Focke-Wulf Fw190/Ta152

an47.jpg 23247 bytes an47.jpg is the same Dora again, this time in the same postion as it is in FW190-2.JPG, but shot from the right side (the wall is behind the person taking the photograph). The C-123 behind it looks like the one in the Belgian Army Museum, but I don't remember a 190 there.
FW190-02.JPG 64245 bytes In FW190-02.JPG we have a Dora (notice the engine, and the short wings). Judging by the bulges on the hood, and the holes in the wings that appear to be for the 20mm MG151/20's, this is almost certainly a FW190D-9.
FW190-2.JPG 31275 bytes FW190-2.JPG appears to be the same plane from a different angle. Notice the plaque in front appears to be the same one. I also notice that an armored car, visible in the last picture, is no longer there, and the wall in this picture is not visible in the last one, even though it should be given the angle. It appears to have been moved.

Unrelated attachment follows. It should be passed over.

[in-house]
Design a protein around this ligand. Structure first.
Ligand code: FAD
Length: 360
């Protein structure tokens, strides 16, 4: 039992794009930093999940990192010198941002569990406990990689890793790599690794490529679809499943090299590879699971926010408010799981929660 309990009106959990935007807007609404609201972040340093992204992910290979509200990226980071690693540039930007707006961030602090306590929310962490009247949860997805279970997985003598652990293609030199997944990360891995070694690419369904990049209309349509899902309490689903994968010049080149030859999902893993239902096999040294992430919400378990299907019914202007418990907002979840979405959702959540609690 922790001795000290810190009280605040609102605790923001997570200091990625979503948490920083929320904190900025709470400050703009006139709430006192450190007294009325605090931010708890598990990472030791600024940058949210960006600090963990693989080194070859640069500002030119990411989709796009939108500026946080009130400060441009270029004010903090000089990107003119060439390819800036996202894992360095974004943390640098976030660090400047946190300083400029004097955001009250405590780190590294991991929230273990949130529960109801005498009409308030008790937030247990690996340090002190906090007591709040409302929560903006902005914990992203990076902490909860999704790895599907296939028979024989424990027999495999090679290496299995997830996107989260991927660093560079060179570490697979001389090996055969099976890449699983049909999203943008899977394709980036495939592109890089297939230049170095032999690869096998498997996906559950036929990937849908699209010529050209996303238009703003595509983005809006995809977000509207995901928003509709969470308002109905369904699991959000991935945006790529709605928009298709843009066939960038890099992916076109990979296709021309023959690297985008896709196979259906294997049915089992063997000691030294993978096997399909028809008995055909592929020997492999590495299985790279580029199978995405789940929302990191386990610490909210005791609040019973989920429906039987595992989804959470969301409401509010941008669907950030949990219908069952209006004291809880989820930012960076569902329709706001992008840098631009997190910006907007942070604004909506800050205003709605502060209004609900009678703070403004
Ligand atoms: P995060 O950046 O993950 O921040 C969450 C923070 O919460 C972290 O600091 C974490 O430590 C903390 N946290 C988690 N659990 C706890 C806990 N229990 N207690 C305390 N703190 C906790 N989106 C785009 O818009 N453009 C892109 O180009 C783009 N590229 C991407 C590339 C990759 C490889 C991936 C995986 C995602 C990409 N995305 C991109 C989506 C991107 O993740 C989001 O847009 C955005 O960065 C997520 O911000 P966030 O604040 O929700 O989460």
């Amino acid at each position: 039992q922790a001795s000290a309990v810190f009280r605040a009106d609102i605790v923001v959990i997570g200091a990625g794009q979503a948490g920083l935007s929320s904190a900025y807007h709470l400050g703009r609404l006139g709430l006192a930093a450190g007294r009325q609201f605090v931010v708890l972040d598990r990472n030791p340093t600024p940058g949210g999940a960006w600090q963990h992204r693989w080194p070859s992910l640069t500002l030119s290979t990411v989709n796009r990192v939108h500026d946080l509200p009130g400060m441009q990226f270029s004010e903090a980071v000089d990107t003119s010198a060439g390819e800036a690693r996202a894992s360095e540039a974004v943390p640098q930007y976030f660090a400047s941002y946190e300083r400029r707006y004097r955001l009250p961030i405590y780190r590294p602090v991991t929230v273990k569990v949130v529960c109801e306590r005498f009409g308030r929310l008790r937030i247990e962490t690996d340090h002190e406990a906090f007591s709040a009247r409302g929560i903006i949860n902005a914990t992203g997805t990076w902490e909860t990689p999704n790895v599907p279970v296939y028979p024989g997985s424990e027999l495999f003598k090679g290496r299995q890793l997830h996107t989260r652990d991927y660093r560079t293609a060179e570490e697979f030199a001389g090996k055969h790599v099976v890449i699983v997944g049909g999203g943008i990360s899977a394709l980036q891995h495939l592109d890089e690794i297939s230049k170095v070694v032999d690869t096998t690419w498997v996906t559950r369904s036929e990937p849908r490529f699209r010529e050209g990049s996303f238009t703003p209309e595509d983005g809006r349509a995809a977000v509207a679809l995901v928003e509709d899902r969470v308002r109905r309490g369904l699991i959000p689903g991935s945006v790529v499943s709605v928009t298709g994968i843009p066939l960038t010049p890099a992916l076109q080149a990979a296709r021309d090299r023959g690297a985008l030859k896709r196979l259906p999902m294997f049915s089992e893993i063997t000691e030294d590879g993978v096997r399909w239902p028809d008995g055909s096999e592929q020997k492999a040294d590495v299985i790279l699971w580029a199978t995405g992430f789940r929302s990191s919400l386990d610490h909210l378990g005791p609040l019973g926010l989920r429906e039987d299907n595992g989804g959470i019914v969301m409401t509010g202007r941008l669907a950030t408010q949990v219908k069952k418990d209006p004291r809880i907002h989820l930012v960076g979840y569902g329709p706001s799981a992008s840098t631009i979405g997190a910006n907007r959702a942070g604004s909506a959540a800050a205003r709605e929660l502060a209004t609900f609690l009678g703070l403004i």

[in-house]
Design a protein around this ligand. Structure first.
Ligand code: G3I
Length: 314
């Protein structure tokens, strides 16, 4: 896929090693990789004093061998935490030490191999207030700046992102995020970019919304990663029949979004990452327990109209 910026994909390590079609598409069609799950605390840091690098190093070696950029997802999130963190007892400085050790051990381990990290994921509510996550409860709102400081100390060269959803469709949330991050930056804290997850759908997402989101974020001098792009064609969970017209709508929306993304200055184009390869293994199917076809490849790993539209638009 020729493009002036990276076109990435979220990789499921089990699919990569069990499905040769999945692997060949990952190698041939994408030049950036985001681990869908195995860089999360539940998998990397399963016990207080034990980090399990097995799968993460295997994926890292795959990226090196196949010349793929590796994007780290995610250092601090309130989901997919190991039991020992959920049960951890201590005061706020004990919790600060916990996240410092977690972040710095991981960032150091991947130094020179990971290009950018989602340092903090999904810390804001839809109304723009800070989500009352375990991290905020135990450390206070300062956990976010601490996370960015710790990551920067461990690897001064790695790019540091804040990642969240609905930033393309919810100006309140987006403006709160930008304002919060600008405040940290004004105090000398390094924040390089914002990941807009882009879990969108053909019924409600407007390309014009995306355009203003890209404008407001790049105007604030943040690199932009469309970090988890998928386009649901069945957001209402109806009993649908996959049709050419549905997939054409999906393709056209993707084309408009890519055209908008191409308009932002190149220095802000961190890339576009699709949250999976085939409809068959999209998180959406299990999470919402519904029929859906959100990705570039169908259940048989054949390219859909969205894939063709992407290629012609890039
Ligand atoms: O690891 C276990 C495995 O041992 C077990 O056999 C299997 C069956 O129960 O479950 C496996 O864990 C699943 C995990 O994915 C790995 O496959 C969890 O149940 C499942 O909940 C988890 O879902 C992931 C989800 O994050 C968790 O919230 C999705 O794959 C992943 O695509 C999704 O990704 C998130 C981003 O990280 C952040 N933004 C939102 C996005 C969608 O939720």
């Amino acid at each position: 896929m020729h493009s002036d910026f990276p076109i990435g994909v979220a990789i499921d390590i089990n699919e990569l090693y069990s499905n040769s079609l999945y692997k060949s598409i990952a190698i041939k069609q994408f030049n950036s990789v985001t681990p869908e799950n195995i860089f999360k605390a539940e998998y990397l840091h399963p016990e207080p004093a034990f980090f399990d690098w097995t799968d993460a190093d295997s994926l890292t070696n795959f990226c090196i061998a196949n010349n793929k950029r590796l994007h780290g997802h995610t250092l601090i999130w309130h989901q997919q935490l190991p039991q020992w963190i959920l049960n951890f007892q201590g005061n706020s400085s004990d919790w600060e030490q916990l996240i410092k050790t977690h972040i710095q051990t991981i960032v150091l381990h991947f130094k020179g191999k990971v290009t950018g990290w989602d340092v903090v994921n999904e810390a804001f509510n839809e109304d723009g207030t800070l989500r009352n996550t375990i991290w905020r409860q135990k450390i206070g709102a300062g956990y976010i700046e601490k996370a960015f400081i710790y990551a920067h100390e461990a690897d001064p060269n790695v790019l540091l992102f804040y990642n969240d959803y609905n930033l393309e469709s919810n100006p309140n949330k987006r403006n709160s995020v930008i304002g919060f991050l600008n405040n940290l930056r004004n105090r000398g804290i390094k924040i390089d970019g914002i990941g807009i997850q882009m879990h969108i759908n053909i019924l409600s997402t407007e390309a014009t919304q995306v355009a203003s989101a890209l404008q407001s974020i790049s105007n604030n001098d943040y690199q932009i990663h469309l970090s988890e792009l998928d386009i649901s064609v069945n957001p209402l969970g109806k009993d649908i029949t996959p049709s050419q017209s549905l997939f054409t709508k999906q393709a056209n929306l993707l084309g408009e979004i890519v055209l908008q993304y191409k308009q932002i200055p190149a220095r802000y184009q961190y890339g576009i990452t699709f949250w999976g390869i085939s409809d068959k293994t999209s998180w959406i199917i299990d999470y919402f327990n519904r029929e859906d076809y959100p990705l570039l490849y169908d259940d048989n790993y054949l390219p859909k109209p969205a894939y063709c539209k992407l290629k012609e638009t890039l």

FW190-G3.JPG 36326 bytes no description
fw190.gif 82293 bytes fw190.gif is the same plane again from the same angle again, although the colour seems to have been changed slightly.
fw190a8-twist.jpg 26537 bytes no description
fw190a8.jpg 77225 bytes no description
fw190d13.jpg 81619 bytes Champlain Fighter Museum Focke Wulf D-13
fw190d9.jpg 71385 bytes The plane in fw190d9.gif may not be a D9, it has the 13mm's it seems, but it also seems to have a spinner gun. I don't know if the D's all had holes in the spinners (I don't think so, note the picture fw190d92 for instance), which may mean this is actually a D13.
fw190d92.jpg 76026 bytes fw190d92.jpg is the same plane as fw190.gif and the rest.
fw190f.gif 73671 bytes no description
fw190g.gif 69981 bytes no description